The State Department tried to take Kremlin-backed television network to journalism school Tuesday — and they brought in a former major magazine editor to do it.
The media-centric melee began last week when Secretary of State John Kerry called Russia Today a “propaganda bullhorn” for Russian President Vladimir Putin. Russia Today subsequently demanded an “official response” from the State Department.
That response came from Under Secretary of State for Public Diplomacy and Public Affairs Richard Stengel, the former managing editor of Time magazine, who wrote a blog post Tuesday accusing RT of a “disinformation campaign.” Stengel used his background in journalism to break down his definitions of the differences between news, opinion, and propaganda.
“Propaganda is the deliberate dissemination of information that you know to be false or misleading in order to influence an audience,” Stengel wrote.
Stengel pointed to a few specific examples in RT’s coverage of the Ukrainian crisis to further his point. The first was its controversial presentation of a leaked phone call by former Ukrainian Prime Minister Yulia Tymoshenko. Stengel said the network’s “selective editing” made it appear as though she advocated violence against Russians.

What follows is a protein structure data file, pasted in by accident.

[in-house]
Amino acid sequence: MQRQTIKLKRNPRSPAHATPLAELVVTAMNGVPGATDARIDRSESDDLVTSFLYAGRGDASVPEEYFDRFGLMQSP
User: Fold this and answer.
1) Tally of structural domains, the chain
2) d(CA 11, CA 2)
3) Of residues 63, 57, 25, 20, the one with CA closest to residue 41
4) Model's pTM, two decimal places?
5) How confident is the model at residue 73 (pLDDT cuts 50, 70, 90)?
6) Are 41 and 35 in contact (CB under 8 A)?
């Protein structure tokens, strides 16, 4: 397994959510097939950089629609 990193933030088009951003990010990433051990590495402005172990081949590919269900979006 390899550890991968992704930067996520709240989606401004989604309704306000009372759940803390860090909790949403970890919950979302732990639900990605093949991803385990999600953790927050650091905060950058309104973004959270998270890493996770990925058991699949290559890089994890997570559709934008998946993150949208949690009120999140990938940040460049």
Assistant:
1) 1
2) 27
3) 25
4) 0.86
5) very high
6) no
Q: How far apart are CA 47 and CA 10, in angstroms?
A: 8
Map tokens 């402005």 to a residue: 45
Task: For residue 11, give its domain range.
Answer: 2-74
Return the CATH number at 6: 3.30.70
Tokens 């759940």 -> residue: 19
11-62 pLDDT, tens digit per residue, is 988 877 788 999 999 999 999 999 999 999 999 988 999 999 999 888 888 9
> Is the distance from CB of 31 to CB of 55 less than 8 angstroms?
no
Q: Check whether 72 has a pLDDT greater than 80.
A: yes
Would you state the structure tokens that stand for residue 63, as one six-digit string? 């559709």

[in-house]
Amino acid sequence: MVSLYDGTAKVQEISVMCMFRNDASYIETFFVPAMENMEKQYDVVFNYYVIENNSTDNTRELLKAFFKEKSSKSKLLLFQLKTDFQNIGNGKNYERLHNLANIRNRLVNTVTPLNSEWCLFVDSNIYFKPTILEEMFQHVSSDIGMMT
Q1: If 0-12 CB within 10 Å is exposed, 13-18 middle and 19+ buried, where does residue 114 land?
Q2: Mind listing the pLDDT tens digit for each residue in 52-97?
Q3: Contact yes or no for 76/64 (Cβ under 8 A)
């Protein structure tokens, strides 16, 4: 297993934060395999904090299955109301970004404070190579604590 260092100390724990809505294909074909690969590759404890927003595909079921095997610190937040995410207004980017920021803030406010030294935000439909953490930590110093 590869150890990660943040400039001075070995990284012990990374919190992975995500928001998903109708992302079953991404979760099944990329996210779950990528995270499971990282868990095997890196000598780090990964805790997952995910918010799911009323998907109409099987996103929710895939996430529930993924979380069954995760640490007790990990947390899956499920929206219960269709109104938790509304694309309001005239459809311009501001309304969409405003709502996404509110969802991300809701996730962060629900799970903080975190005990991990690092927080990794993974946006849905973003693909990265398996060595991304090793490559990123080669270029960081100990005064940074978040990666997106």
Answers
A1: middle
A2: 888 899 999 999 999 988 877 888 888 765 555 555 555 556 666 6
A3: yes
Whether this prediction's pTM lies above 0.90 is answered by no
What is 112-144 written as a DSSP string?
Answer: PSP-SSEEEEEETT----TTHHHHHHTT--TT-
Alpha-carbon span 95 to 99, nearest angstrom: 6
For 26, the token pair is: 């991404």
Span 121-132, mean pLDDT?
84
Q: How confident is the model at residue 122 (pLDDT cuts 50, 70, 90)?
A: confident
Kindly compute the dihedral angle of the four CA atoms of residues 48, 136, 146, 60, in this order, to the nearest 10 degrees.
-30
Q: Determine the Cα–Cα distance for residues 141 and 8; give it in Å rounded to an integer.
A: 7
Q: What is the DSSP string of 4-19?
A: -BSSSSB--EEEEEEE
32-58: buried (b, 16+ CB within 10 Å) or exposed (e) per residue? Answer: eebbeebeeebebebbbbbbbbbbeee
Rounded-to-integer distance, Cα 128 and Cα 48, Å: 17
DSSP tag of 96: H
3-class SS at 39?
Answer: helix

He also pointed to what he called RT’s “unquestioning repetition of the ludicrous assertion” the U.S. has invested billions into regime change in Ukraine. Russia’s envoy to the United Nations made that claim last week.
“These are not facts, and they are not opinions. They are false claims, and when propaganda poses as news it creates real dangers and gives a green light to violence,” Stengel wrote.
Kerry, for his part, sent out a “must read” tweet:
A Russia Today spokesperson didn’t immediately respond to a request for comment.